It is actually more of a court room drama. However, there is no sparing of pure psychological terror. All and all an excellent movie. Other posters have observed that believing in Christianity or the lack thereof, is not shoved down the viewer's throats. It allows one to form their own opinion.

    My only concern; the PG-13 rating. Way too intense for viewers 10-13 years old or younger.
  • CosmicCharlie9 September 2005
    This is an interesting film. While it's not terribly frightening, the film's juxtaposition of court room drama, and the exorcism scenes are intriguing. I found it to be less of your stereotypical demonic possession movie (ie: The Exorcist), and more of a film that leaves you pondering the possibilities and questioning our more modern perspectives and scientific rationales for things that sometimes can't be adequately explained through these means. The fact that it's based on the reported possession of Anneliese Michel (circa 1970, Germany) does make the film more unnerving. The actor's performances, while not exceptional, are at least engaging. The special effects are rather limited, but well done. All in all, It's a film that 's certainly worth watching.
  • Coventry14 November 2005
    Ironically enough, "The Excorcism of Emily Rose" got released in my country (Belgium) synchronously with another similar, real-life lawsuit. A self-acclaimed exorcist has to justify the death of a young girl after performing inhuman rituals and fatal exorcism tricks. It's weird having seen this movie and then follow the lawsuit on TV and in newspapers. It's so easy to deny the existence of demonic possession and to brush aside exorcism as quackery, but then – as this film shows – you're also questioning people's beliefs and family values. Emily Rose is the sympathetic daughter of a poor but deeply religious rural family. Shortly after her long-anticipated start at the university, her body becomes the host of no less than 6 different demons. The priest of the little town where she lives, father Moore, is doing everything he can to purify Emily's body but the demons are too strong and she doesn't survive the exorcism. What makes this film different than the obvious 70's classic "The Exorcist" (which also entirely revolves on the possession of an innocent girl) is that the story takes place after the actual exorcism and in the courtroom where father Moore is on trial for negligent homicide. His ambitious lawyer Erin Bruner goes straight for the acquittal of her client, but father Moore only cares for telling Emily's story, despite the fact that this can cost him his career as a priest. The screenplay of this film was based on a true story and director Scott Derrickson does a great job in making the extended courtroom sequences interesting and compelling. The flashbacks, showing Emily's horrible decrepit, are very atmospheric and contain multiple shock-moments. The acting is sublime, with a powerful Tom Wilkinson as the devoted priest and an enchanting Jennifer Carpenter as the poor Emily Rose. This is not a full-blooded horror film, but definitely one of the most unsettling, disturbing and thought-provoking dramas of the last few years. Highly recommended!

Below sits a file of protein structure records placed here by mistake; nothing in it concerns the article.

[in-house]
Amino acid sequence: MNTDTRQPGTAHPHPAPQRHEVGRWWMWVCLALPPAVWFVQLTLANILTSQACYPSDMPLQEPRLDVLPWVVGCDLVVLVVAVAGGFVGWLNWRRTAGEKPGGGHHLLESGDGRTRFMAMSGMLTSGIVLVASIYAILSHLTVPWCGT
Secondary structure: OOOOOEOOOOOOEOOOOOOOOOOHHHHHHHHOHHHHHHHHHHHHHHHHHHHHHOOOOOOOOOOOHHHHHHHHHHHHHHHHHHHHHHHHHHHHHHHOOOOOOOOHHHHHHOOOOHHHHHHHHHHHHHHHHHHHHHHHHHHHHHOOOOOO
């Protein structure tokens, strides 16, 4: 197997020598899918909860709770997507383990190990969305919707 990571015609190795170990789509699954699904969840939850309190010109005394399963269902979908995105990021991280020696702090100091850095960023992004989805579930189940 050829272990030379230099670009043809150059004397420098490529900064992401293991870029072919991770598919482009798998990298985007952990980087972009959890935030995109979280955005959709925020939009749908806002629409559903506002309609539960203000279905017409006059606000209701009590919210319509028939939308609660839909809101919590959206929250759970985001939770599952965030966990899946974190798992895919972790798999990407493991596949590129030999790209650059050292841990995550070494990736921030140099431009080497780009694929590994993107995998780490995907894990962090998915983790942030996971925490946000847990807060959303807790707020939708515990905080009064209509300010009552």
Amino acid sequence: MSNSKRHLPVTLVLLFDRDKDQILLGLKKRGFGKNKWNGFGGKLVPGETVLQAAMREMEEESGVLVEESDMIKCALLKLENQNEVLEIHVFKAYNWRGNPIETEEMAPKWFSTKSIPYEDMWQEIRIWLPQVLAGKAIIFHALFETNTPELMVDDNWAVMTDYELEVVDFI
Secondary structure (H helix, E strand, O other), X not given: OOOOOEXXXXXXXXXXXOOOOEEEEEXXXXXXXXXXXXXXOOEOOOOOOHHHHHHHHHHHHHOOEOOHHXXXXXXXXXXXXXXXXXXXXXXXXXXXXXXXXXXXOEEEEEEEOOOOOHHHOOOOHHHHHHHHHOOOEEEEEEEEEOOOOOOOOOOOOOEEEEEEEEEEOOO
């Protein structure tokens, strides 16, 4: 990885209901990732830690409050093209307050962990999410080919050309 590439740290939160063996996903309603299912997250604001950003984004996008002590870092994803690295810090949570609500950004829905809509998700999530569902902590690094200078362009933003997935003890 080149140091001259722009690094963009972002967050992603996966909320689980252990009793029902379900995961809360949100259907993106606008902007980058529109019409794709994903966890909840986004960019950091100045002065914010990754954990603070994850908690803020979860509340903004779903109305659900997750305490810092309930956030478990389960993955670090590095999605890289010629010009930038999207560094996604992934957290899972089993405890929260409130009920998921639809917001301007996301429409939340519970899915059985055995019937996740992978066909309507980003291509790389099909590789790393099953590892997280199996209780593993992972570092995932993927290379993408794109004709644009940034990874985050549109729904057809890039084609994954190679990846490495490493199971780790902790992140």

• Warning: Spoilers
    Some people are going to be shocked by the last 15 minutes of the film. It is NOT a remake or bad copy of "The Exorcist". That film is truly understandings for reasons that are pretty much its psychological ties to the fears in all of us. In "Emily Rose", the emphasis is on our perspectives, and how it affects our choices. Laura Linney is truly phenomenal in the film, and I sure hope she finally receives all the prizes that have eluded in the last few years. As a side note, I have just witnessed the remarkable work by Rachel Weisz in "The Contant Gardener", and I have to state my opinion that Ms. Linney is a bit more powerful and effective in her multi-layered performance as the defense attorney.